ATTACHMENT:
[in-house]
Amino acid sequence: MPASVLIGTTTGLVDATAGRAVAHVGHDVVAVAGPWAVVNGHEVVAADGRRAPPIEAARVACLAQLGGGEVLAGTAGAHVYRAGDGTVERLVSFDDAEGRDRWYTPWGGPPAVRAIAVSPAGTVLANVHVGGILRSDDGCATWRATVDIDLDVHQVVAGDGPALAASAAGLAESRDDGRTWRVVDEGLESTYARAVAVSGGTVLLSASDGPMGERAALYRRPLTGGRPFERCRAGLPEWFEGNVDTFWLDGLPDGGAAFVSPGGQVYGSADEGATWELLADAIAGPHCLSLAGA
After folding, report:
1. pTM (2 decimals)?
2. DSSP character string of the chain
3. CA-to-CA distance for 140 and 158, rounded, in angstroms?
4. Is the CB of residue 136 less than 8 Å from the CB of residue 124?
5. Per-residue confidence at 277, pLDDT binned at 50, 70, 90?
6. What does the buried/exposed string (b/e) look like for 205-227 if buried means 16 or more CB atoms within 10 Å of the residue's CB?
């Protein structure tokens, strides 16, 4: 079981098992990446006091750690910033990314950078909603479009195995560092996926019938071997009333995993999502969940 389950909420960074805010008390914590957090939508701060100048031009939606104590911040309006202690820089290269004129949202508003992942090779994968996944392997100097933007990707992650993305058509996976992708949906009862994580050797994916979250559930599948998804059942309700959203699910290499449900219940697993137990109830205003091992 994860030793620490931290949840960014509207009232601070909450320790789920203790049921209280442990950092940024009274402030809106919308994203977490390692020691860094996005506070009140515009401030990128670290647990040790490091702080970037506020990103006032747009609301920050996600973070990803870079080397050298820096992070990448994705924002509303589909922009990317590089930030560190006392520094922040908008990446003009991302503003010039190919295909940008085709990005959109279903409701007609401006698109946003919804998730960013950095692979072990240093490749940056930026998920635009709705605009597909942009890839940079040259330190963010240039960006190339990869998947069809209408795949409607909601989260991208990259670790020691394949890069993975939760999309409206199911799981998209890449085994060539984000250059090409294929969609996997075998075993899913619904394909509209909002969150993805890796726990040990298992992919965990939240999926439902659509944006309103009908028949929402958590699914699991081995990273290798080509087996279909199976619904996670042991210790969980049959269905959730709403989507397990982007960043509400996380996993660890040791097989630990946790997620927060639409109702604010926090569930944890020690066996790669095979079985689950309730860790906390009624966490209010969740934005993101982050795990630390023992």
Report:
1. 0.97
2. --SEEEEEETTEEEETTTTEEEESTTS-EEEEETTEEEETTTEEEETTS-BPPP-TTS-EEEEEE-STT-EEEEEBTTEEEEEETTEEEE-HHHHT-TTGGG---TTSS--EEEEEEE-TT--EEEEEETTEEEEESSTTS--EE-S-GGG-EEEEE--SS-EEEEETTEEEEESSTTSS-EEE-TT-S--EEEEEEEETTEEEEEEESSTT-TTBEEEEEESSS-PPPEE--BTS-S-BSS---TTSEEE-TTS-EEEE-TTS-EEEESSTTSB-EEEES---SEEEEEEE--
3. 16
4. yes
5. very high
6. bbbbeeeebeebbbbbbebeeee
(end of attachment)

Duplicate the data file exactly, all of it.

[in-house]
Amino acid sequence: MPASVLIGTTTGLVDATAGRAVAHVGHDVVAVAGPWAVVNGHEVVAADGRRAPPIEAARVACLAQLGGGEVLAGTAGAHVYRAGDGTVERLVSFDDAEGRDRWYTPWGGPPAVRAIAVSPAGTVLANVHVGGILRSDDGCATWRATVDIDLDVHQVVAGDGPALAASAAGLAESRDDGRTWRVVDEGLESTYARAVAVSGGTVLLSASDGPMGERAALYRRPLTGGRPFERCRAGLPEWFEGNVDTFWLDGLPDGGAAFVSPGGQVYGSADEGATWELLADAIAGPHCLSLAGA
After folding, report:
1. pTM (2 decimals)?
2. DSSP character string of the chain
3. CA-to-CA distance for 140 and 158, rounded, in angstroms?
4. Is the CB of residue 136 less than 8 Å from the CB of residue 124?
5. Per-residue confidence at 277, pLDDT binned at 50, 70, 90?
6. What does the buried/exposed string (b/e) look like for 205-227 if buried means 16 or more CB atoms within 10 Å of the residue's CB?
């Protein structure tokens, strides 16, 4: 079981098992990446006091750690910033990314950078909603479009195995560092996926019938071997009333995993999502969940 389950909420960074805010008390914590957090939508701060100048031009939606104590911040309006202690820089290269004129949202508003992942090779994968996944392997100097933007990707992650993305058509996976992708949906009862994580050797994916979250559930599948998804059942309700959203699910290499449900219940697993137990109830205003091992 994860030793620490931290949840960014509207009232601070909450320790789920203790049921209280442990950092940024009274402030809106919308994203977490390692020691860094996005506070009140515009401030990128670290647990040790490091702080970037506020990103006032747009609301920050996600973070990803870079080397050298820096992070990448994705924002509303589909922009990317590089930030560190006392520094922040908008990446003009991302503003010039190919295909940008085709990005959109279903409701007609401006698109946003919804998730960013950095692979072990240093490749940056930026998920635009709705605009597909942009890839940079040259330190963010240039960006190339990869998947069809209408795949409607909601989260991208990259670790020691394949890069993975939760999309409206199911799981998209890449085994060539984000250059090409294929969609996997075998075993899913619904394909509209909002969150993805890796726990040990298992992919965990939240999926439902659509944006309103009908028949929402958590699914699991081995990273290798080509087996279909199976619904996670042991210790969980049959269905959730709403989507397990982007960043509400996380996993660890040791097989630990946790997620927060639409109702604010926090569930944890020690066996790669095979079985689950309730860790906390009624966490209010969740934005993101982050795990630390023992």
Report:
1. 0.97
2. --SEEEEEETTEEEETTTTEEEESTTS-EEEEETTEEEETTTEEEETTS-BPPP-TTS-EEEEEE-STT-EEEEEBTTEEEEEETTEEEE-HHHHT-TTGGG---TTSS--EEEEEEE-TT--EEEEEETTEEEEESSTTS--EE-S-GGG-EEEEE--SS-EEEEETTEEEEESSTTSS-EEE-TT-S--EEEEEEEETTEEEEEEESSTT-TTBEEEEEESSS-PPPEE--BTS-S-BSS---TTSEEE-TTS-EEEE-TTS-EEEESSTTSB-EEEES---SEEEEEEE--
3. 16
4. yes
5. very high
6. bbbbeeeebeebbbbbbebeeee